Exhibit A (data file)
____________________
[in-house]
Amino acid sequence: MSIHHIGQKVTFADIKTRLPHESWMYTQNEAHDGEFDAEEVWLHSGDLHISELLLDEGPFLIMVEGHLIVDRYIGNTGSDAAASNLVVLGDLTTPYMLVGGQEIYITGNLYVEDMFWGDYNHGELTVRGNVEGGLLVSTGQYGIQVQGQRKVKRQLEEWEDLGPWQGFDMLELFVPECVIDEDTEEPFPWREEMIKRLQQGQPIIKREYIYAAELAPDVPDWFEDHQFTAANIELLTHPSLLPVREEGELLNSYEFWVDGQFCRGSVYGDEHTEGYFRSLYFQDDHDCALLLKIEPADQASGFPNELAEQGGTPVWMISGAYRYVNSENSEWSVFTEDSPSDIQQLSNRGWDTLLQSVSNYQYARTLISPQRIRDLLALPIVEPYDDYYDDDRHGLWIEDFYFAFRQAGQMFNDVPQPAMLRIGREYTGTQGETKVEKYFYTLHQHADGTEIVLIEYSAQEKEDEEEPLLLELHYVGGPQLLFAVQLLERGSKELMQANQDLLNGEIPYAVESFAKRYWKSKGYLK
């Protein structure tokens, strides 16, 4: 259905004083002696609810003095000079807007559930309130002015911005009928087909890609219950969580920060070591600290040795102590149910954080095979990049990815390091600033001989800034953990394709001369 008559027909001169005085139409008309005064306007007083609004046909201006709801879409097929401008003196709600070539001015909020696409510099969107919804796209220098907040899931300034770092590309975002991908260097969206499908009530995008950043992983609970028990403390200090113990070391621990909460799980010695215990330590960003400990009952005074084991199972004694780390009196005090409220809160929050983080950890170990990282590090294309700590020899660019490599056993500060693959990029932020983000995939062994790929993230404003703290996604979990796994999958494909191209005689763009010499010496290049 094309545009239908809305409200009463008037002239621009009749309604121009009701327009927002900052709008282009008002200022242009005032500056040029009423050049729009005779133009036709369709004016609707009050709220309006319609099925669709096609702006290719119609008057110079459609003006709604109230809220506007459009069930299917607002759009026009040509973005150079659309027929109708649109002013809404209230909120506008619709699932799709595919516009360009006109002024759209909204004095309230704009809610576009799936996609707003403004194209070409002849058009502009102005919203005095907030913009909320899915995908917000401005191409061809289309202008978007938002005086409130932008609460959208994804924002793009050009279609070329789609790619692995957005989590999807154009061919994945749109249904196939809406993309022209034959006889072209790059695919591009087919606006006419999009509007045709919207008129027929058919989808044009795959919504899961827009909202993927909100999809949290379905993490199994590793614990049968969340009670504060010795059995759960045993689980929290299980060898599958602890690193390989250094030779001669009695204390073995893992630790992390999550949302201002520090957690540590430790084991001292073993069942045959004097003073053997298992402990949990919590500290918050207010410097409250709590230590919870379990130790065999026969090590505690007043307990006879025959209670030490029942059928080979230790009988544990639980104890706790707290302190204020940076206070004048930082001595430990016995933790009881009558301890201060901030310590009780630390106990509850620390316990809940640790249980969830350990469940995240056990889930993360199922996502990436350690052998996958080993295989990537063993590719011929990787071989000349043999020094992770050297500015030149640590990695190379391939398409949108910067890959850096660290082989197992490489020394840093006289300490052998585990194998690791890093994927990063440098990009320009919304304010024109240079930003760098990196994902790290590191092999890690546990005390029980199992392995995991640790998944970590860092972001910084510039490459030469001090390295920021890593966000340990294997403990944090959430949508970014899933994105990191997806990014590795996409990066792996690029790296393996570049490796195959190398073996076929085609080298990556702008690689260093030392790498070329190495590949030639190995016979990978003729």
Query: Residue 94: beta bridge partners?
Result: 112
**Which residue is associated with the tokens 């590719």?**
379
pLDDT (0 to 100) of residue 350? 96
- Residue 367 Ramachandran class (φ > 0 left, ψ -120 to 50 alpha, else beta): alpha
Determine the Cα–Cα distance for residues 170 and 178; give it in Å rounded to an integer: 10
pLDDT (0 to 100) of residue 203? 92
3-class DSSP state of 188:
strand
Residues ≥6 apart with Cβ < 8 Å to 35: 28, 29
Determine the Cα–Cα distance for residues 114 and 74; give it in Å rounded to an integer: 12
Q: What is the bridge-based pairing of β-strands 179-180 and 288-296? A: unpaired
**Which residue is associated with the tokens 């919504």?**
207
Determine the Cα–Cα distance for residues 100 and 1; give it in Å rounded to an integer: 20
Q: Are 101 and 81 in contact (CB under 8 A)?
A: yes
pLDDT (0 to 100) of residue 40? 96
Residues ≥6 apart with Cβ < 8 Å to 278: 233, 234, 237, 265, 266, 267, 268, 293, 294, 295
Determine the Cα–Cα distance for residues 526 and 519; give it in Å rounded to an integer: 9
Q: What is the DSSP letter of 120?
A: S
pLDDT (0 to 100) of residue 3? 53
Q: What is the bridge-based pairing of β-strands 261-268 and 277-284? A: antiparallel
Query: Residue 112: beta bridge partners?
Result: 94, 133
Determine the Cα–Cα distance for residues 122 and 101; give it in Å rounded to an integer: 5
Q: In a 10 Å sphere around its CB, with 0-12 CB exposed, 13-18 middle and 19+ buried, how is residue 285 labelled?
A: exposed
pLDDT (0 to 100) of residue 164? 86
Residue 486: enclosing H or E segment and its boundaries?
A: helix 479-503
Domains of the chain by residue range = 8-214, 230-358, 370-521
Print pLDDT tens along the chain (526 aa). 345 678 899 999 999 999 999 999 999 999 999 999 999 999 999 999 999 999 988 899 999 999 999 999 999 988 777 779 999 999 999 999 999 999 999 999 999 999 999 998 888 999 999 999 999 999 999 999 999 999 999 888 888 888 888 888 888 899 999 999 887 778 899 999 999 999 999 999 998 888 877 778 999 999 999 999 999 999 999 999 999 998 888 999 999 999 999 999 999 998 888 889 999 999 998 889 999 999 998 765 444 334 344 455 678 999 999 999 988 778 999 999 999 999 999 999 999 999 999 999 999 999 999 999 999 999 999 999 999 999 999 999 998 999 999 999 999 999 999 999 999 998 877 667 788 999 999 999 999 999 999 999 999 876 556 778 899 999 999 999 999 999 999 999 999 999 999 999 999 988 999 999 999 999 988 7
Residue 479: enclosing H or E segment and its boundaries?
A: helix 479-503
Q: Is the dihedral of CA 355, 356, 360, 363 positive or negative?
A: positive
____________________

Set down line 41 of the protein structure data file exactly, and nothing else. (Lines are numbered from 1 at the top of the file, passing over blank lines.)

Q: Is the dihedral of CA 355, 356, 360, 363 positive or negative?